When you go into an Italian bar to order a coffee, you could be faced with a bewildering array of different drinks. Here’s a brief guide.
Close your eyes as you sit at a table under an arcade in any piazza in Italy and listen to the sounds. As well as the hubbub of a hundred Italians all talking at once, and maybe the haunting melody of an opera played by a lone violinist, you’ll certainly always hear the clatter of coffee cups and the slam dunk of the barristas banging out the used coffee grounds in order to make more espressos.
Coffee in Italy is a ritual, more complex than it first appears. Naturally they believe that theirs is the best in the world. It has to be, they say, infuocato, nero e puro (burning hot, black and pure) – “burning like hell, black as the devil, and pure as an angel, but sweet as love.”
Coffee can be enjoyed at all times of the day in Italy, but you need to be aware of the many variations on a theme to appreciate fully its subtleties.
Generally in a bar people order an espresso, a thimbleful of very strong black coffee which they down in one go. A doppio is the same, but double the quantity. Meanwhile, a ristretto is even more concentrated. At home they make moka with one of those characteristic hexagonal metal pots on the hob.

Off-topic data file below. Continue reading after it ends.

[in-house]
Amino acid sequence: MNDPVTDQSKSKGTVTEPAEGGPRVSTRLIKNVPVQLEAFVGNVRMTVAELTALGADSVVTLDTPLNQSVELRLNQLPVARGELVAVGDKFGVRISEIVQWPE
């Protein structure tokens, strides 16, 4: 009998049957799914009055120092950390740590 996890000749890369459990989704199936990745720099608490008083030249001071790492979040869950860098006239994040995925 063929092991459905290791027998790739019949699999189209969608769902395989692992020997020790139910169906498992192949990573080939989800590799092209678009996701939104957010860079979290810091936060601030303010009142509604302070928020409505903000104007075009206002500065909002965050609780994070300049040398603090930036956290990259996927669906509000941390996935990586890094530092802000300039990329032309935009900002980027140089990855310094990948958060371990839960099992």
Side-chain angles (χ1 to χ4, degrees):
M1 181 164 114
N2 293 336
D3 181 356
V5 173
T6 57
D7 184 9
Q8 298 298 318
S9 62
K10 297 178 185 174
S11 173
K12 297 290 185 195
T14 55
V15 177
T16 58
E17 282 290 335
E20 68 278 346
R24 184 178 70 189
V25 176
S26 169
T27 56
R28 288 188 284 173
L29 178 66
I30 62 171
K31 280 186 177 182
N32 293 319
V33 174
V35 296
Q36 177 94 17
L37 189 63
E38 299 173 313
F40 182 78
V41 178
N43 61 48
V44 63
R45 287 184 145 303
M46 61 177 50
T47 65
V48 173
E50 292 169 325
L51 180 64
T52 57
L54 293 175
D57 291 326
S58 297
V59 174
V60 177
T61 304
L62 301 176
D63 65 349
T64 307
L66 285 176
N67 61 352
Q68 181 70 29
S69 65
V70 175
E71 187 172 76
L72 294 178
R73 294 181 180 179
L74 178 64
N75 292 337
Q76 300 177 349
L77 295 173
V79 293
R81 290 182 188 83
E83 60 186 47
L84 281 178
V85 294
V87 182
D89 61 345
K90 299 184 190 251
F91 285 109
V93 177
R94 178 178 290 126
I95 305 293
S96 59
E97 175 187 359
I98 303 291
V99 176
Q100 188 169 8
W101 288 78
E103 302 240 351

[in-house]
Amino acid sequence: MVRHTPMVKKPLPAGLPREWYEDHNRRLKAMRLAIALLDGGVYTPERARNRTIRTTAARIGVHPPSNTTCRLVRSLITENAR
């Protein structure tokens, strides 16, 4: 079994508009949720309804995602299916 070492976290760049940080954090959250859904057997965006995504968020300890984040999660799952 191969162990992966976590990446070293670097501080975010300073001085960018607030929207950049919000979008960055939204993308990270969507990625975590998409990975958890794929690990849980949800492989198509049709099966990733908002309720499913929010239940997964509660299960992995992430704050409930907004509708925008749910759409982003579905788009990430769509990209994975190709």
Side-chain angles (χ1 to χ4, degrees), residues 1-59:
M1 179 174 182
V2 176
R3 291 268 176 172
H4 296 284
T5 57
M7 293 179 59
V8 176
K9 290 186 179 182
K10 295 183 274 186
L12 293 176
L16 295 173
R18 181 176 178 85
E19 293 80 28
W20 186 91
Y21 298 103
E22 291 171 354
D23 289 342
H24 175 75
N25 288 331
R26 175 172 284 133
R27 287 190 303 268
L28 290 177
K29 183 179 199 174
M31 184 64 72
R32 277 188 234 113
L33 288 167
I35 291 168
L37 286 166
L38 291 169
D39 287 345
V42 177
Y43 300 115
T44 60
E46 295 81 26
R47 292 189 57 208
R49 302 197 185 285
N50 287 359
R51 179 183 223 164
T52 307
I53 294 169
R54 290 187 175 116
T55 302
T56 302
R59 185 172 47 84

If the sheer strength of an espresso is more than you can tolerate, you can ask for a lungo which means it will be diluted with a good deal of hot water. Sometimes even Italians like their coffee with a splash of milk. This is a macchiato (it means stained) either caldo (hot milk) or macchiato freddo (cold).
As well as adding milk, they also often like to add alcohol to coffee. This is known as a corretto. And in summer when a cool drink might be preferred, you can always ask for a shakerato, a coffee which has been shaken like a cocktail with ice. (Incidentally, here’s a further tip. When ordering ice cream you might like to ask for an affogato. It won’t be on the menu, but everybody knows what it is: vanilla ice cream “drowned” in black coffee.)
The English generally like their coffee very milky and usually ask for a cappucino, with foaming milk in a large cup. Not as well known is the smaller version, the marocchino, with a sprinkling of cocoa powder.
A recent piece in Italia Oggi by Alessandro Coppini ended with this warning: “Coffee in Italy ia a religion, and to drink a cappuccino after lunch in the eyes of an Italian is a sacrilege!”